[SinglePic not found]

The old architecture.
[SinglePic not found]

And the new.

Our exploration ultimately led us to the sea, where any good exploration should lead. The ocean is magnificent, the ocean breeze (or gale force wind as I would call it) however, was not so magnificent. It was a battle to hold myself still enough to even take a picture, but the sea spray and the view was definitely worth it. A little outside of Marseille there are numerous islands and a national park region called ‘The Calenques’ (which we didn’t get a chance to see, but I will someday) so the views off the coast are amazing. One of the islands even looked like it had a castle on it, which is basically the dream location for a castle.

[SinglePic not found]

Initially our plan was to check out the view on this side of the port and then head over to the other side to find a spot to watch the sunset, but by the time we finished on the first side, we were so exhausted from being awake for 36 hours and so sore from walking over 20 miles that we decided to call it a day and spend the rest of the night relaxing in our room and falling asleep. Vacation is part new experiences and part relaxation so we were just capitalizing on the relaxation part, and our room had wifi to catch up with the world outside of Marseille.

While I had a wonderful night sleep (a much needed 12 hours), I wish I could say I woke up feeling chipper and ready for a new day in France, but that was not the case. I woke up hungry and thirsty so I grabbed a glass of water and a granola bar before laying back in bed. About an hour later I was shaky and did not feel good at all. I spent the rest of the morning battling an upset stomach and just general sickness. I don’t think it was food poisoning because I really didn’t feel that sick, it was more or less being generally uncomfortable and not being able to keep food down, so I think it might have been my body not digging the water from the kitchen sink. I spent the morning drinking (bottled) water and some bread and crackers before taking a nap. I missed out on our trek to the Notre Dame de la Gard at the top of the city, but Shelbie took enough pictures to make me feel like I was there with her. Luckily, at about 5 I had managed to eat some baguette (yeahhh France) and decided I had the energy to do some exploring. We stopped at the grocery store for some snacks and headed off to explore the other side of the port.

I think this side may have had better views than the other. It was a more uninterrupted view of the sea and all I wanted to do was jump in and enjoy the ocean, unfortunately the beach was closed so we couldn’t, but it was still cool to see, and as I’ve previously mentioned, I have a very strong dislike of sand so I wasn’t too upset. At the edge of the coast towards the upper half of this side there is a massive archway dedicated to the soldiers who fought for France in various battles and it’s an incredible sight. It looks out over the islands and it’s a pretty amazing thing to take in.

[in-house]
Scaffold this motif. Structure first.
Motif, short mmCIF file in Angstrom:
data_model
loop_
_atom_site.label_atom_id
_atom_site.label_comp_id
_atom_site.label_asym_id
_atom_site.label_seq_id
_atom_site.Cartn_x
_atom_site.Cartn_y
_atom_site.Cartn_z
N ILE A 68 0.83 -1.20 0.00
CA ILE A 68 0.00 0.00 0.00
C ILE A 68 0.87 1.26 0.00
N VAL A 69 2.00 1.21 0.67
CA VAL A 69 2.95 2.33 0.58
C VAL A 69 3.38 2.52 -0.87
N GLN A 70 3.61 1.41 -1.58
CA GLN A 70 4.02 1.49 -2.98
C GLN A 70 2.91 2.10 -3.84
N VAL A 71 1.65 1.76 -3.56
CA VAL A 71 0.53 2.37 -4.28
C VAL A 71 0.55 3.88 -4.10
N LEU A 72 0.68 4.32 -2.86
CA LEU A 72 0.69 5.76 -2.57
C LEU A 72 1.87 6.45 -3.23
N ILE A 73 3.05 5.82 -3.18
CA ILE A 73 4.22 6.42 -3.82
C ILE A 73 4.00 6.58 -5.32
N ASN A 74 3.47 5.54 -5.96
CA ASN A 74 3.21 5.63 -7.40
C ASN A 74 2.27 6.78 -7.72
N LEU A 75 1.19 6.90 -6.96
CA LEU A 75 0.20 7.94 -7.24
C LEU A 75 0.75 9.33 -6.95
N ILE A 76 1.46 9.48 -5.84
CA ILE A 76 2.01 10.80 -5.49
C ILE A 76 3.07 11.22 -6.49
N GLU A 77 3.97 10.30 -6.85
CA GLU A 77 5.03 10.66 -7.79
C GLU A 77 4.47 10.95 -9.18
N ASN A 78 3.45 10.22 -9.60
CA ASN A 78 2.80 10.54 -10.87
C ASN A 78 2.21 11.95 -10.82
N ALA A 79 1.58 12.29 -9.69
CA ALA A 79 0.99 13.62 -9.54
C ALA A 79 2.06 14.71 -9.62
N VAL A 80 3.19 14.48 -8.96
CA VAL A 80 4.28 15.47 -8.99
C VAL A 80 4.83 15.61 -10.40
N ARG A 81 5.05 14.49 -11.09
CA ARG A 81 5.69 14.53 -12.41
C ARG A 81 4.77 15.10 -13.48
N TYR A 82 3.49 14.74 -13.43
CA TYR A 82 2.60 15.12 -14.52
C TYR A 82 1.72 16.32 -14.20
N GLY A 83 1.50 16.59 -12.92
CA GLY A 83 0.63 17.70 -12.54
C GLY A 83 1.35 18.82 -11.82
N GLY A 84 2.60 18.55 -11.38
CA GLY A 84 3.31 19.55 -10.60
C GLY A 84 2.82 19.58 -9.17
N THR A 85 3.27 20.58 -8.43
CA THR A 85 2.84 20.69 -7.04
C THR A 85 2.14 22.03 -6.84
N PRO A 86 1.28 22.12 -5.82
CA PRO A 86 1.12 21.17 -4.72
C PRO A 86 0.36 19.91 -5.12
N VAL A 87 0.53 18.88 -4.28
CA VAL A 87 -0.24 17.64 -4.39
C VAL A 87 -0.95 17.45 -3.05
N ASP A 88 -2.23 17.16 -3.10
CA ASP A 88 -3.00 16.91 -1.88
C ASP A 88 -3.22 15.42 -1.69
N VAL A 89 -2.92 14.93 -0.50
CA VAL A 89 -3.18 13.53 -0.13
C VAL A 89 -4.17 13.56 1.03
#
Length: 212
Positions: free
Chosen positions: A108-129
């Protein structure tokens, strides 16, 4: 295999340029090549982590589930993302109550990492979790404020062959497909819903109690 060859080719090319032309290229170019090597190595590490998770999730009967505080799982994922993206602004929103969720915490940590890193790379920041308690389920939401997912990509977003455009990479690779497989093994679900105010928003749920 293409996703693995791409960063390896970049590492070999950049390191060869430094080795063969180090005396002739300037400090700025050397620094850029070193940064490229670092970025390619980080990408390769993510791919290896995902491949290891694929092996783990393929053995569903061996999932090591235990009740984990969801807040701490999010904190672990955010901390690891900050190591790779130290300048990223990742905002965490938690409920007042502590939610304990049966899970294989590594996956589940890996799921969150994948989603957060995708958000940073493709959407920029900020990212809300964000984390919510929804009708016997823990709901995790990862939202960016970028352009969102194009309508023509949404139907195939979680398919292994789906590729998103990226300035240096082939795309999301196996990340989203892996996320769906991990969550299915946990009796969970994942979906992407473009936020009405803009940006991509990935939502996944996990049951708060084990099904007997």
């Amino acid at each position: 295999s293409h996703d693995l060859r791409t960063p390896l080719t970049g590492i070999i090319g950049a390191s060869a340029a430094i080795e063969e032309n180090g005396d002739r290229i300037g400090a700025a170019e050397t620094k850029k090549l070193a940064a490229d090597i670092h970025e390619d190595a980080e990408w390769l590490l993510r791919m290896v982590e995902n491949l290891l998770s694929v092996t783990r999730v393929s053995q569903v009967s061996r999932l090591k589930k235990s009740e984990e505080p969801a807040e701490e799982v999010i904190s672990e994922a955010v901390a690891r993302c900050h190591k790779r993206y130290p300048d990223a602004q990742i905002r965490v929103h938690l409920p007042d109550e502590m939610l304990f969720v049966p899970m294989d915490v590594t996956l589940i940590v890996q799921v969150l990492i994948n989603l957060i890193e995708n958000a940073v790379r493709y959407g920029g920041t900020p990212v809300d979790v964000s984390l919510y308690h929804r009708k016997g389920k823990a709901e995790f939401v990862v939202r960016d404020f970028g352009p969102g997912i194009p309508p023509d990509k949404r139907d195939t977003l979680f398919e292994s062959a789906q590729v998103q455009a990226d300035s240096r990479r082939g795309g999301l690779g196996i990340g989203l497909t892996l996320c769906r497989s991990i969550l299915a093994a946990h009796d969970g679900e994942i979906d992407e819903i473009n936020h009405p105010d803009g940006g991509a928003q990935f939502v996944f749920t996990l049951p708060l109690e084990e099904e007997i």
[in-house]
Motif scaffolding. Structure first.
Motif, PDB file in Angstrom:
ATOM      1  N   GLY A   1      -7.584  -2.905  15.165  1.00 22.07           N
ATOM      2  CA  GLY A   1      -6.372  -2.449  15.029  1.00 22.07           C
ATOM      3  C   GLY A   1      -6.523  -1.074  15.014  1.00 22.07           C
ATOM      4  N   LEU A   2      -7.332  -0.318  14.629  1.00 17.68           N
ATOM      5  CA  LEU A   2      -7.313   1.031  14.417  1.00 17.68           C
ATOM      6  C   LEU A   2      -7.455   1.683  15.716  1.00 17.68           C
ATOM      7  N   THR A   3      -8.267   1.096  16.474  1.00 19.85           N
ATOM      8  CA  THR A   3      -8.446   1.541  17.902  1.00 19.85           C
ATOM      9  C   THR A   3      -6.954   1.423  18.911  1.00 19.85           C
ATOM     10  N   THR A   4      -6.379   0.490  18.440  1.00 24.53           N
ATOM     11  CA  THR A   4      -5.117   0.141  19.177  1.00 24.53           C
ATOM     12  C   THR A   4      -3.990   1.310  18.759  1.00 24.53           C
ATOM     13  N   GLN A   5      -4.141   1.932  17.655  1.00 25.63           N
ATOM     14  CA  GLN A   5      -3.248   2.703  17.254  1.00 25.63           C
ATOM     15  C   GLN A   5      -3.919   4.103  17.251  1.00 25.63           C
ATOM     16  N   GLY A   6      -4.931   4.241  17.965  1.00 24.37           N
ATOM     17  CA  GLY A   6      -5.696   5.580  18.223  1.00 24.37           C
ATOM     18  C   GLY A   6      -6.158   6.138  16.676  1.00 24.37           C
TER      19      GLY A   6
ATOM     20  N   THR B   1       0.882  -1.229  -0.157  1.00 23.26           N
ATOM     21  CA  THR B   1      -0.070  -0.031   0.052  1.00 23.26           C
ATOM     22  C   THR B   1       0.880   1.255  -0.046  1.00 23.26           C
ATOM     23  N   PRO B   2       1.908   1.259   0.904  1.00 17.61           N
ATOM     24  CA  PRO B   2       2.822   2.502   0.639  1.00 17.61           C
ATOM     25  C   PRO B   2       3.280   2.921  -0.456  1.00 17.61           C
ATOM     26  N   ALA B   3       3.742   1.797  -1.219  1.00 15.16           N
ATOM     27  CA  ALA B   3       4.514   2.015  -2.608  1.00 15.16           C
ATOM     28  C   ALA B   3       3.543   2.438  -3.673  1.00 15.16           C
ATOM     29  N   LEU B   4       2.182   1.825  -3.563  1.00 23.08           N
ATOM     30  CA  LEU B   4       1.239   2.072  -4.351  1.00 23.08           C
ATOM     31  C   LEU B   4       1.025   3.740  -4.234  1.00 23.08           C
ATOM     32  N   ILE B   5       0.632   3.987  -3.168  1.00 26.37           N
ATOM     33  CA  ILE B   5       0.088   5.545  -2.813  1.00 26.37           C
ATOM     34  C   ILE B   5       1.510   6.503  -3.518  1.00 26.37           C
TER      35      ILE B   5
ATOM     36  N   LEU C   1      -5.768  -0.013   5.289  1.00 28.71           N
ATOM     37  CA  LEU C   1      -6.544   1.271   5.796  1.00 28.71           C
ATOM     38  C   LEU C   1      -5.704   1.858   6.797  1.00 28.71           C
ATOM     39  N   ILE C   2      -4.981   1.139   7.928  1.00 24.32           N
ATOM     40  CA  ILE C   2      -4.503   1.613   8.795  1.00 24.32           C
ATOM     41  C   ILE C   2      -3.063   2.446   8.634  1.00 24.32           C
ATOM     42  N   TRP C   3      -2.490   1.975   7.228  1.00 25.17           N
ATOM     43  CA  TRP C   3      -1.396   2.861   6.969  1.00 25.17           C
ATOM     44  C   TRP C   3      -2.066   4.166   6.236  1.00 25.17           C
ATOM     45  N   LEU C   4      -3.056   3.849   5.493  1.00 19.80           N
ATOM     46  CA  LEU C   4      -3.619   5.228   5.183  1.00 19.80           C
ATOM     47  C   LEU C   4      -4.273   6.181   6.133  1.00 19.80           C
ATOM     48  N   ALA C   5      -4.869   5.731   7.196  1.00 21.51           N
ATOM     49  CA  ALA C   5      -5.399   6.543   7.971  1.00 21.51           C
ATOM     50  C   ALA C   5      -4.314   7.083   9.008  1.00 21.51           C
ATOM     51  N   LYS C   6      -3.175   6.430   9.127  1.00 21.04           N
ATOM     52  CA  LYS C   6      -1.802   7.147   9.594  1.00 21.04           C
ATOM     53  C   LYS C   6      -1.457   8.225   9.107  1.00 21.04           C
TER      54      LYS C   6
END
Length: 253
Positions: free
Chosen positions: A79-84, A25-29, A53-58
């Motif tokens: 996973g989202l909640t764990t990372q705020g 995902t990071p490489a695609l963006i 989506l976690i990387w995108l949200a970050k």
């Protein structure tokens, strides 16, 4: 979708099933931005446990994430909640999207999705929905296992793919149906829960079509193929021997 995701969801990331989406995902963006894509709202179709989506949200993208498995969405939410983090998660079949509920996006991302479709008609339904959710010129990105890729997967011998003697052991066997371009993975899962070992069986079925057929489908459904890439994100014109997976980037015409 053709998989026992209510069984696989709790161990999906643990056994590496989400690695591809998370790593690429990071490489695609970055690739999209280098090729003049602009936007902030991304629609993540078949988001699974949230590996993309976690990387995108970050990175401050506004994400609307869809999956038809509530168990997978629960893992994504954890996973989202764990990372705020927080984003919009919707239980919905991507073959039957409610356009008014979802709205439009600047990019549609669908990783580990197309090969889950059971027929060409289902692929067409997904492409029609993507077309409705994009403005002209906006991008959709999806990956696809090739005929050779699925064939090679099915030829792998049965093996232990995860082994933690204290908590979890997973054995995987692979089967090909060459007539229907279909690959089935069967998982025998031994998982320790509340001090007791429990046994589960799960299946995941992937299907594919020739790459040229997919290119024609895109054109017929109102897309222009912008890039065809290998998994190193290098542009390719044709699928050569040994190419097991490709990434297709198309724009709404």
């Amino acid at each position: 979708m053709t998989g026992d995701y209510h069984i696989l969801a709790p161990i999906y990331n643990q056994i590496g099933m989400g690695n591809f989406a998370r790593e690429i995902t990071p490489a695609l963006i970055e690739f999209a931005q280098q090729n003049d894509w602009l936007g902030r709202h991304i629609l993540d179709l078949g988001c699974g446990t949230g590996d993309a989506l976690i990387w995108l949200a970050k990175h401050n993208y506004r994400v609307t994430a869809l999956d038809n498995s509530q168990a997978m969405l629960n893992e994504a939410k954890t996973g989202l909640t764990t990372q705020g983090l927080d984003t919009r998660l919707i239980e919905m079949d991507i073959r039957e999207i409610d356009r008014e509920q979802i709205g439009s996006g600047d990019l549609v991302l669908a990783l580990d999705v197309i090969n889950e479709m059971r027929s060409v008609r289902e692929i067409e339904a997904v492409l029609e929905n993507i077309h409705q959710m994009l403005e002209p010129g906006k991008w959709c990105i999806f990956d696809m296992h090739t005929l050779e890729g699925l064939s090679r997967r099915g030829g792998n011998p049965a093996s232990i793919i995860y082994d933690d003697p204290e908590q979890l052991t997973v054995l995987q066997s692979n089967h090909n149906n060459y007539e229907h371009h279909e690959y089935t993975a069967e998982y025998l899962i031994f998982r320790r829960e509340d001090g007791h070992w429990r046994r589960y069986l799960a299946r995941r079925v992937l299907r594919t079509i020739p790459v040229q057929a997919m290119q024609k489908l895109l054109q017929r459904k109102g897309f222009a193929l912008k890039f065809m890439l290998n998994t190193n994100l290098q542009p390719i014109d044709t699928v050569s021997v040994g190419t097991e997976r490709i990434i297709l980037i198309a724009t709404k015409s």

[SinglePic not found]

Our venture continued along the streets until we found a gated entrance, to what we had no idea but we went in anyway. Inside we found a beautiful palace at the top of a hill overlooking the ocean. I have absolutely no idea who or what the palace is for as the plaque was all in French, but whatever or whoever it is must be important because it is gorgeous. There were people laying on the lawn and dogs running in between the massive sculptures out front. It was a sight to see. Based on our time in Marseille, I noticed that the French really like to find anywhere possible to just sit down and relax, whether that be in a nook on a massive brick wall, on the edge of a dock, or on a massive bench overlooking the ocean, and just sit there for hours, with a baguette of course. We decided to take a note from the French and sit in front of the palace for a while, eventually long enough to watch the sun set over the sea, which is always amazing. I can’t do that at home so I’m trying to take advantage of every chance I can to do it here.


And as the sun set over the ocean, our time ran out in France. That night we packed up our duffel bags and got ready to head off on our next journey. Our morning involved a French patisserie, the metro, a bus, and a plane, all easily doable as we did the same route when we arrived. We were off to the airport to catch our flight to Rome, one of the most amazing and historic cities in the world, and I couldn’t have been more excited.

France was wonderful; a beautiful and warm start to this Easter break marathon. It wasn’t perfect and I missed some valued exploration time, but I’ll be back to France in 2 weeks for more pastries and baguettes, but until then I have four other countries to visit. It’s going to be an absolutely insane few weeks but I cannot wait to see what we get up to.

Side note: hopefully all the right pictures are in there, this light packing adventure has left me to blog without a laptop and with spotty Internet it’s hard to tell what really got uploaded and I’m not sure how to make my thumbnails work but I’ll try to find a way to fix it eventually.


Leave a Reply

Are you human? *